We’re a Messy Church

When I first started reading the Bible, I was very confused about some of the great people of faith doing questionable things. Why were these people (I thought) I was supposed to look up to morally committing such terrible sins? Was the Bible condoning these atrocious things they did? Why were people offering up their daughters to be raped? Why did Noah get drunk and lay naked after the ark? Why did Solomon take so many wives and concubines? The Hall of Faith, as Hebrews 11 is often referred to, lists murderers, adulterers, and liars, yet these people were commended for their faith. I had first assumed these Bible stories were supposed to be about all good, upright, moral people and how we should emulate them. But I was wrong. The Bible isn’t a book about good people, but about a good God who chooses to use messy people.

The fact that over and over again in the Bible we see God using messed up people should bring us comfort because, well, we’re not perfect. We’re not always morally upright in every way and nobody comes from a completely pure past. We may think we’re not worthy of being used by God, but God has a long track record of using messy, imperfect people for his glory and plan. He’s used prostitutes and murderers and he’s used legalistic Pharisees. The beauty of the gospel is that we are accepted by God not because of what we’ve done, but because of what Jesus did, namely, his death and resurrection. Ephesians 2:8-9 says, “For by grace you have been saved through faith. And this is not your own doing; it is the gift of God, not a result of works, so that no one may boast.” Our actions, our morality, our good works cannot save us; our faith in Jesus and his works save us.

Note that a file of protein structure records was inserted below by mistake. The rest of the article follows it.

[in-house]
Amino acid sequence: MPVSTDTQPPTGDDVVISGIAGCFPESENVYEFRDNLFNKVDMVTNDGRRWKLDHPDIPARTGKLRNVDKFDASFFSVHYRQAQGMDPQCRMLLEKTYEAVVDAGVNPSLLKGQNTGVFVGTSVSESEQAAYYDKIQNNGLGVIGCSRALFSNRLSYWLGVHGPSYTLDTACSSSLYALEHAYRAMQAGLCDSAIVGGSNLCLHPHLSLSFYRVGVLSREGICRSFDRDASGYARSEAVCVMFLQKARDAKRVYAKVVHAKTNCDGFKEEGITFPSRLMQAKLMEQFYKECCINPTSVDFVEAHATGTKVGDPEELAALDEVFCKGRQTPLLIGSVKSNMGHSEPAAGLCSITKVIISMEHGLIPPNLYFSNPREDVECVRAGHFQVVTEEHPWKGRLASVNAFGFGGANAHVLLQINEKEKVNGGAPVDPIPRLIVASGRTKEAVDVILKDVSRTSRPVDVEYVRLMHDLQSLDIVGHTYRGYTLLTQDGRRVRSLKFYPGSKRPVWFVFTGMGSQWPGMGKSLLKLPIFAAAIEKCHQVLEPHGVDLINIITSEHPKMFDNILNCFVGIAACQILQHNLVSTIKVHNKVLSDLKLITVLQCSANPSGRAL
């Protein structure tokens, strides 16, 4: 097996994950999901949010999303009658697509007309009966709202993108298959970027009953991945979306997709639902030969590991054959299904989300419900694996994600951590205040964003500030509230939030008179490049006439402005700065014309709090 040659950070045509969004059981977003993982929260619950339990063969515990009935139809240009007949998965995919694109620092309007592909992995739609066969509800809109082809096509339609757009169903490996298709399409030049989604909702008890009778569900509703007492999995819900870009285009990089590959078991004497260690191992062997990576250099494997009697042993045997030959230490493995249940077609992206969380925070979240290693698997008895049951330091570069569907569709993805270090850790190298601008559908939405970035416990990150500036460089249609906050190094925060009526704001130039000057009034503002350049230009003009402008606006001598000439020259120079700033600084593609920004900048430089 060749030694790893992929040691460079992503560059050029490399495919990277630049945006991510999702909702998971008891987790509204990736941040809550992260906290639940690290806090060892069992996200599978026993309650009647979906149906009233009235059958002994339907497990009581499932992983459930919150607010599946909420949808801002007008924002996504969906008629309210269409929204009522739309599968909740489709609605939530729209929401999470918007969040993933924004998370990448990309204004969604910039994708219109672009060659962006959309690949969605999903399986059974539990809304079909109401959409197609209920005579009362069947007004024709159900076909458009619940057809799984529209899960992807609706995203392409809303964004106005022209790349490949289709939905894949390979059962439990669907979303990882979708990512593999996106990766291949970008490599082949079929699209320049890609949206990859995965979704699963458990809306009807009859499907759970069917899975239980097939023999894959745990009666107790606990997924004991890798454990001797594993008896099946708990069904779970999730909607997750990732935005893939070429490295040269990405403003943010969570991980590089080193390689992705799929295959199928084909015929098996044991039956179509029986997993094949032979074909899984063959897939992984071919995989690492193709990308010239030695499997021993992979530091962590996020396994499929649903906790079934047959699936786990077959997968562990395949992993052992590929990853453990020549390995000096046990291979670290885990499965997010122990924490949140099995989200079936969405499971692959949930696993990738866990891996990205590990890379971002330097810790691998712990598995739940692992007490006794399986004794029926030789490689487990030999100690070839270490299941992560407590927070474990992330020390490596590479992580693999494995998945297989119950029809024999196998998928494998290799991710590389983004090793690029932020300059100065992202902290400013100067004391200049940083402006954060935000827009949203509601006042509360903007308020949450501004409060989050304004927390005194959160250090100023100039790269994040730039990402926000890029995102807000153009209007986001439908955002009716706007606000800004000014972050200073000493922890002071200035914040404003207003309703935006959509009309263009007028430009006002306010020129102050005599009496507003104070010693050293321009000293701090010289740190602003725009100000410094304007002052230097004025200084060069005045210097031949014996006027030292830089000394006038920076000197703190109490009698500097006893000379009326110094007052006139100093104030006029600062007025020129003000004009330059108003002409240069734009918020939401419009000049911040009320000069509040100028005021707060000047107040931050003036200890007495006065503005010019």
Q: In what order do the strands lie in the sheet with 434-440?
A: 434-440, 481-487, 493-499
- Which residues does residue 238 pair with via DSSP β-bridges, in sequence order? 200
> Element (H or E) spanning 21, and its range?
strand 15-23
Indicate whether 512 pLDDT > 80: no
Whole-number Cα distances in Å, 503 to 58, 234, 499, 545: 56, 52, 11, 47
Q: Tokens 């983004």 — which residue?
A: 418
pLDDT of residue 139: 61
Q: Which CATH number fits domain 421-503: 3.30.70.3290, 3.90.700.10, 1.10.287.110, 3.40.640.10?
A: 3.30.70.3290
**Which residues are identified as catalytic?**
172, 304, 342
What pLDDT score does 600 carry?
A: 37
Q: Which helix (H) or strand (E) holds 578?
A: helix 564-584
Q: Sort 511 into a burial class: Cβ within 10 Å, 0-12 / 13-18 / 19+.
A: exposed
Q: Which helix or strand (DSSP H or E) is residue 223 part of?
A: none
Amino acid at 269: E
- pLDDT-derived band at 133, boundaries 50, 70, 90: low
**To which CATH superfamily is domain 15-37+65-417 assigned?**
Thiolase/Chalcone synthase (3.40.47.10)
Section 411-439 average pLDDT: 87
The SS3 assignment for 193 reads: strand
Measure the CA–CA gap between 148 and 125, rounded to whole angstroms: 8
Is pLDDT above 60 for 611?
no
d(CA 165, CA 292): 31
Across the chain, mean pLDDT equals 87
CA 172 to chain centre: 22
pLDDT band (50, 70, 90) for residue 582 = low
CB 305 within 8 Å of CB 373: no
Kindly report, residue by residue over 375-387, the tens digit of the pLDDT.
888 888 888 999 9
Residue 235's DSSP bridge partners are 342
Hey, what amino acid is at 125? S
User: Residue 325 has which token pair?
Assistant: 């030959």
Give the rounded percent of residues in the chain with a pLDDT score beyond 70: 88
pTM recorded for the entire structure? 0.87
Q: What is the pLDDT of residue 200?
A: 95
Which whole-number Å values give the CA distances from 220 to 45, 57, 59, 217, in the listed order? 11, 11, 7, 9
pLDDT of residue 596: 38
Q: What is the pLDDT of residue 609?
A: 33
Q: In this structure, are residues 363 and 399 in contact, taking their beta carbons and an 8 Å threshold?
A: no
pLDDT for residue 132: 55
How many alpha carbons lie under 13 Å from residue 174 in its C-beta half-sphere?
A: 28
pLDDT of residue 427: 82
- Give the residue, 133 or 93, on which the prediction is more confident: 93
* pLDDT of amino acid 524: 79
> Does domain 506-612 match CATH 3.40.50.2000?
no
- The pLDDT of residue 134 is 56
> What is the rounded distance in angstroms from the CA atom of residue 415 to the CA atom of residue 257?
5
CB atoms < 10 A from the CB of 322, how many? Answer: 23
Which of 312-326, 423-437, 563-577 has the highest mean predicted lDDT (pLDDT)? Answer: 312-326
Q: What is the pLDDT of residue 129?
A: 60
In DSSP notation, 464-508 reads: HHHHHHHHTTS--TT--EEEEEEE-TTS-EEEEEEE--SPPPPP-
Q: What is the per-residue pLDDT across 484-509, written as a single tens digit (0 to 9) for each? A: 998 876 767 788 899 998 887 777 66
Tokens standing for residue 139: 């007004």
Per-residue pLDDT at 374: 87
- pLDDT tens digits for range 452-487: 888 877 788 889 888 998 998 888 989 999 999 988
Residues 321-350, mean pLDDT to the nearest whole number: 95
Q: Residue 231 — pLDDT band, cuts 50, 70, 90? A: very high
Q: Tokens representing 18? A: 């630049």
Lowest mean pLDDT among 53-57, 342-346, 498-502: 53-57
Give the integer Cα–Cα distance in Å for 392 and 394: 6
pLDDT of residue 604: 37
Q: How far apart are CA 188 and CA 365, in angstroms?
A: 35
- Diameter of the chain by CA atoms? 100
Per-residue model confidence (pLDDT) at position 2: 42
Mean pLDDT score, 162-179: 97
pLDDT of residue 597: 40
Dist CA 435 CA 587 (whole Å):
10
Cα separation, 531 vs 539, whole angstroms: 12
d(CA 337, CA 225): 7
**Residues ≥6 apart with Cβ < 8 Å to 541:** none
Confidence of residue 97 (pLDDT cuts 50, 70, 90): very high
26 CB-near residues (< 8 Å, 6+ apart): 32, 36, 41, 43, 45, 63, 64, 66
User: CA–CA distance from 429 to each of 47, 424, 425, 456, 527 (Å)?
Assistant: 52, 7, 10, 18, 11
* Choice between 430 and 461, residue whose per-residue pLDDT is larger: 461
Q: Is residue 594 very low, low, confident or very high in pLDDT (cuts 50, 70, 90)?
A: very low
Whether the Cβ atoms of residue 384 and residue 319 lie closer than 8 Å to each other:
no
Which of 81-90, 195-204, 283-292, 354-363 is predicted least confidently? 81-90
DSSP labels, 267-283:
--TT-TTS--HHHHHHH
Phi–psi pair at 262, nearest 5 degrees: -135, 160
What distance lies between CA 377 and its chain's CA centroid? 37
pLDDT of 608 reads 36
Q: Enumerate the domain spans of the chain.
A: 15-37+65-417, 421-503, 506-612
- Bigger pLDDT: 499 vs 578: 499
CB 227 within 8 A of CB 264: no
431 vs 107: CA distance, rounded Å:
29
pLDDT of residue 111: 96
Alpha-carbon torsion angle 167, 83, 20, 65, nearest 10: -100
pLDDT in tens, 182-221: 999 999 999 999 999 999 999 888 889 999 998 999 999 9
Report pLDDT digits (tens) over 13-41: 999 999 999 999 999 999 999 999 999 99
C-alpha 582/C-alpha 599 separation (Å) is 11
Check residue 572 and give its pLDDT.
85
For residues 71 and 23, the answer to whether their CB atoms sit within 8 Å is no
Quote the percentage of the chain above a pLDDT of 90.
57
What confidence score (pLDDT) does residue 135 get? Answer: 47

However, verse 10 goes on to say, “For we are his workmanship, created in Christ Jesus for good works, which God prepared beforehand, that we should walk in them.” We are saved by Jesus’s good work on the cross to a life where we are able to do God’s good works that he has for us. We have nothing to offer in ourselves, yet God chooses to use us. We’re messy, but Scripture shows over and over that God uses messy people for his glory. So, let us speak and remember the gospel in our l24ives.

But there’s more. We weren’t saved only into a relationship with God; we were brought into a family of believers. The fact that God uses messy people for his glory. This should not only encourage us in our own walks, but also when we see the messiness of others around us in the Church – the body of all believers in Jesus. How easy is it to apply the gospel to our lives (okay, sometimes it’s not easy), but not apply it in our hearts towards other believers? God is faithful in our own messiness and more than that, he is faithful even in the messy group of people that make up the Church. The difficult question we have to ask ourselves is: if God is faithful to his Church – even to the point of death – are we?

One way we can be faithful to the Church is by committing to a local church – flaws and all. The local church is a smaller body of believers in Christ committed to each other for the sake of the gospel. These are the believers you live life with on a daily basis. The problem is that each local body is comprised of many messy people. Are we willing to commit to other believers in the church despite their flaws? Are we willing to commit locally to a church to see God’s glory made known? Or, do we hop from church to church because it doesn’t meet all our preferences about the worship, the children’s ministry, the preaching, the people? (Of course, it’s worth noting that I’m talking about Biblical churches that love Jesus and preach truth. Please hop away from churches that are not theologically sound!)

So often we run away from solid churches because they don’t fit our needs. We look for a church as consumers instead of servants. We hop from one place to another searching for a flawless church, and never commit because we always find something wrong with the church. But every church has something wrong with it. When you put a bunch of messed up people together, it’s bound to be messy. But if God used all those people of faith in Hebrews 11, then can’t he use our imperfect churches?